Jane Wilson-Howarth

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Rip-off Britain: Holidays

Monday, 04 January 2016
A while back, early September it was, I received an out-of-the-blue call from Lizz at the BBC. She wanted to know if I’d be willing to do an interview about travel. Being a complete tart about publicity I agreed, then when I learned more, I wondered what I’d let myself in for. The programme was to go out on national TV and was one I’d hardly registered, Rip-off Britain. My problem with the concept was that I could see that I’d be asked about shopping and bargains, which are subjects that really, really don’t float my boat. I loathe shopping and don’t care about gizmos, gadgets and the latest trendy products.
‘No problem,’ Lizz, the lovely smiley producer said. ‘We can work to your strengths and expertise.’
So we spent most of a day deciding what issues could usefully be highlighted so that holiday-makers could travel prepared without spending a lot of money.
The process of filming was much more challenging than I imagined. We agreed on a few pithy sentences which I was to say to camera. I stumbled, slurred, messed up, forgot and brain-froze. I’d speak my lines several times almost flawlessly, then when asked to say them again, had not a clue what I’d just said. Not only did I find it hard to be clear and fluent but once I’d got it right once, the cameraman needed a redo in close up and I often had to do another run at it from a different angle, or only focussing on my hands or face or the tablets I was talking about. We were at it - so to speak - for six whole hours. I began to see how it takes years to make a full-length film.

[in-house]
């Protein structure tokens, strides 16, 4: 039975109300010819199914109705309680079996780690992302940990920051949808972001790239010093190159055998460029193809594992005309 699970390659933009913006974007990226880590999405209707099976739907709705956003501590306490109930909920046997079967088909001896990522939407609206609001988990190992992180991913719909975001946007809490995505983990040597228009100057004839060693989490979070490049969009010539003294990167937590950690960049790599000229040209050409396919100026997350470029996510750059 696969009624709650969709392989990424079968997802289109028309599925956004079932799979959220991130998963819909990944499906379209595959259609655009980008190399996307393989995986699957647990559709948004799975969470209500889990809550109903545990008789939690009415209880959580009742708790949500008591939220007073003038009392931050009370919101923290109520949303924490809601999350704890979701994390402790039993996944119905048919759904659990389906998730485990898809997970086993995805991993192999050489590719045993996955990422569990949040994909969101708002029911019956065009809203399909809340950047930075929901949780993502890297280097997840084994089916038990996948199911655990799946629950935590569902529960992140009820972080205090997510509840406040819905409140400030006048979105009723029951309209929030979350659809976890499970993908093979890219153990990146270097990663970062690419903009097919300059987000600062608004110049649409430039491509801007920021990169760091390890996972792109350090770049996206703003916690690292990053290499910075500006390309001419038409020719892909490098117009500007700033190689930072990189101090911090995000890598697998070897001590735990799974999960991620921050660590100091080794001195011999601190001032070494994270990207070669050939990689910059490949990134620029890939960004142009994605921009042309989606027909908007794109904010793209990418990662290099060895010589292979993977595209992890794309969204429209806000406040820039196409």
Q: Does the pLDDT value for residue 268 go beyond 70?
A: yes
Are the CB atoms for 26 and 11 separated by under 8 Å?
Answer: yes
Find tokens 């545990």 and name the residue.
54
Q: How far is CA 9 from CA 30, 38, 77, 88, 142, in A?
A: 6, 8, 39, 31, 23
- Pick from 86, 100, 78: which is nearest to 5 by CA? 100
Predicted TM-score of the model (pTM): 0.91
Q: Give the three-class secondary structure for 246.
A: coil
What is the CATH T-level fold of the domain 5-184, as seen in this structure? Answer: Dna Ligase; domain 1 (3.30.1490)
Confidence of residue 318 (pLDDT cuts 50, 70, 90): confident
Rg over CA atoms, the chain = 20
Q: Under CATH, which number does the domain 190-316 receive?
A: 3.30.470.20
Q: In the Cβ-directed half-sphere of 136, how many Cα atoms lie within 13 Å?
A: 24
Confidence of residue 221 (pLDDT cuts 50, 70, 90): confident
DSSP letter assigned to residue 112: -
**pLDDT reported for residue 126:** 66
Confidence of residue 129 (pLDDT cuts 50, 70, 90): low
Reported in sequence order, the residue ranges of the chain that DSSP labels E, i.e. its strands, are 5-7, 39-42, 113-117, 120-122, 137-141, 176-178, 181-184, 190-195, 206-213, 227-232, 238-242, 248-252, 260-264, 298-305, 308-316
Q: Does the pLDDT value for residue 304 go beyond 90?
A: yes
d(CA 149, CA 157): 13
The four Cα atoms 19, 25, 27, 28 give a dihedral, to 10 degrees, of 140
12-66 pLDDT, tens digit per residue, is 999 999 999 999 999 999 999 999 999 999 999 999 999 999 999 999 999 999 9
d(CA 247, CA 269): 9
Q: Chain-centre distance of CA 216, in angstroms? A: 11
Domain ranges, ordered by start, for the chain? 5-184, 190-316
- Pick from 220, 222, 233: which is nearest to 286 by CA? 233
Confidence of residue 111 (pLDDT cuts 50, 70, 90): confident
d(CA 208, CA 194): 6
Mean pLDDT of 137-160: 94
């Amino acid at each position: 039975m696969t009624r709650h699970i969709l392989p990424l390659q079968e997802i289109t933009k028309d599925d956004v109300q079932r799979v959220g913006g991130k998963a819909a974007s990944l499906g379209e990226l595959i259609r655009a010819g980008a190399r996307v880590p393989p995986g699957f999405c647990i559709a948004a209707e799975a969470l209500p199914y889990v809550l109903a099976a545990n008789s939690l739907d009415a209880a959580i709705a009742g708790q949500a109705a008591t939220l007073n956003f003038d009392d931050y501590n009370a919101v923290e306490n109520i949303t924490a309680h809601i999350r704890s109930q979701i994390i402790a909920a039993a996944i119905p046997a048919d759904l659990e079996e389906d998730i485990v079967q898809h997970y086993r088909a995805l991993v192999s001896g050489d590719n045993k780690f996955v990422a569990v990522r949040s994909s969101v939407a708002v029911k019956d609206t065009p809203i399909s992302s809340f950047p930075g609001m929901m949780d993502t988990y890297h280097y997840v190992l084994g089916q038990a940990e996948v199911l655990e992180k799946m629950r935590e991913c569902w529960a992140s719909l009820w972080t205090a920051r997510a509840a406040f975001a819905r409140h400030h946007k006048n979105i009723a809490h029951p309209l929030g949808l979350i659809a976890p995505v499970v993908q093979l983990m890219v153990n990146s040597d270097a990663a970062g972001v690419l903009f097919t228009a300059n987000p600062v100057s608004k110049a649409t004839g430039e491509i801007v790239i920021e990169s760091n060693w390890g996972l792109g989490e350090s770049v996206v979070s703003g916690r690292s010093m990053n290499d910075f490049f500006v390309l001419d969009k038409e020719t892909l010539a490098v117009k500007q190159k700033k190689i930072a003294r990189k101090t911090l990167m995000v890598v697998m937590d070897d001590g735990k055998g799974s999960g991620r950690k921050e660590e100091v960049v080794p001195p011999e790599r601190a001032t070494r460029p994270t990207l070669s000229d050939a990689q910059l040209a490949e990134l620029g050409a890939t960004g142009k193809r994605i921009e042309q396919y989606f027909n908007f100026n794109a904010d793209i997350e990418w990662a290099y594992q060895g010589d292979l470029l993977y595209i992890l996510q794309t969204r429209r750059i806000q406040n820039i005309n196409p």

Yesterday I got another call from the BBC. This time it was Helen. There was a problem. There was too much branding. I’d shown expensive packets and cheap packets of various travel essentials but BBC policy is to avoid identifiable brands of any commercial product. Would I be willing to do a bit more filming – tomorrow?
Some of the first filming session was useable but most of the other sections including the ones where I needed to speak had to be reshot. Could I wear the same clothes?
How was I expected to remember two months on?
Fortunately Helen was able to send a still from the first session – to remind me which of my many white shirts I’d worn, and which "work" skirt. 
So Helen and Nathan drove all the way from Manchester to film me again at the surgery in Cambridge. I still stammered and slurred and forgot and froze and multiply messed up but we nailed it in just over a couple of hours. The finished product will probably only be less than five minute of air time but I can’t wait to see what the whole thing looks like. I had to wait though. It wasn’t due to be televised until January.
In the meantime I saw the fine film Sunset Song and was interested to learn that is was shot in very few takes – often as little as five. I felt very insightful having been in front of a camera, and was even quite encouraged as most of my attempts at speaking to camera were done in about the same number of takes.

The programme went out on BBC ONE, gets repeated from time to time and can be viewed on youtube here Saving money
Posted: 04/01/2016 17:26:38 by Global Administrator | with 0 comments



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